Panic of 1907

Full Name
1907 Bankers' Panic or Knickerbocker Crisis
Event Type
Start Date

Known as the first modern stock market crash, the Bank Panic of 1907 was the result of shrinking market liquidity and dwindling depositor confidence. In addition to this, trust companies faced increased public scrutiny for adhering to less regulation than national or state banks. This skepticism triggered a run on the trust companies that continued to worsen even as banks stabilized. This undermined the public's confidence in the financial industry and accelerated the ongoing bank runs. The aftermath of the 1907 bank run led to the creation of the Federal Reserve while the recession prompted new reforms like Dodd-Frank.

The Panic was triggered by the San Francisco Earthquake of 1906—the Earthquake that spawned a need to rebuild the city.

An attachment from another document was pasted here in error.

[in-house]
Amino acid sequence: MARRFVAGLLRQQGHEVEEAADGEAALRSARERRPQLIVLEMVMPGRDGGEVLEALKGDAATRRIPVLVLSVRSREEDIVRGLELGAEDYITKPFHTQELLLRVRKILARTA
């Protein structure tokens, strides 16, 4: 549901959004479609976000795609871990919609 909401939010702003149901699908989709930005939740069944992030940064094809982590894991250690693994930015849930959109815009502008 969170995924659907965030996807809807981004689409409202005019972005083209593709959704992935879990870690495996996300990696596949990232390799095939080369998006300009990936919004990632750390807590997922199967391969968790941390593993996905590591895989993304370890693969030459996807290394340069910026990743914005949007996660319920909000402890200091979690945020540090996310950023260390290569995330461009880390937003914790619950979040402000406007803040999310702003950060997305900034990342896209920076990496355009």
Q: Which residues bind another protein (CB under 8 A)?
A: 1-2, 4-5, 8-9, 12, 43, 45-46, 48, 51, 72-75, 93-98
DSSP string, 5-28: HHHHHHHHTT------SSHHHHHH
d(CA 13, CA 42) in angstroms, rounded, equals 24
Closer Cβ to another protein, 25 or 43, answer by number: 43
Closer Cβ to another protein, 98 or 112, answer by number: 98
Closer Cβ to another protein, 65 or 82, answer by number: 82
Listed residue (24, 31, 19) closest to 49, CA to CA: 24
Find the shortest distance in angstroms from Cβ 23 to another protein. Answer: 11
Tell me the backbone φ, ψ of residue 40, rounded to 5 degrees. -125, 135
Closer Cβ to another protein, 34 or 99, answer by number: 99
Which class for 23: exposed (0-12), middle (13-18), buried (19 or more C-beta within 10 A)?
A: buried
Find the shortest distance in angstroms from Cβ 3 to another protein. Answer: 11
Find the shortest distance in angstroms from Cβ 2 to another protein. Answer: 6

The drain of liquidity caused problems with highly levered trust companies
  • These companies took deposits like banks but made risky investments with the funds (unlike a bank)
  • Depositors started to pull funds from the trust companies and they were forced to sell assets
  • This triggered a run on the Trust which caused a panic
  • The Knickerbocker Trust CompanyNew York City's third-largest trust—was unable to withstand the run and failed in late October. This was the first run.

Without a central bank, leading financiers like J.P. Morgan stepped in and provided some vital liquidity. 

  • JP Morgan Sr. lead the response and coordinated other bankers to save the day from the panic.
  • The realization that JP Morgan won't be around forever lead to the need/support for the Federal Reserve (the country can't rely on one man as the last support)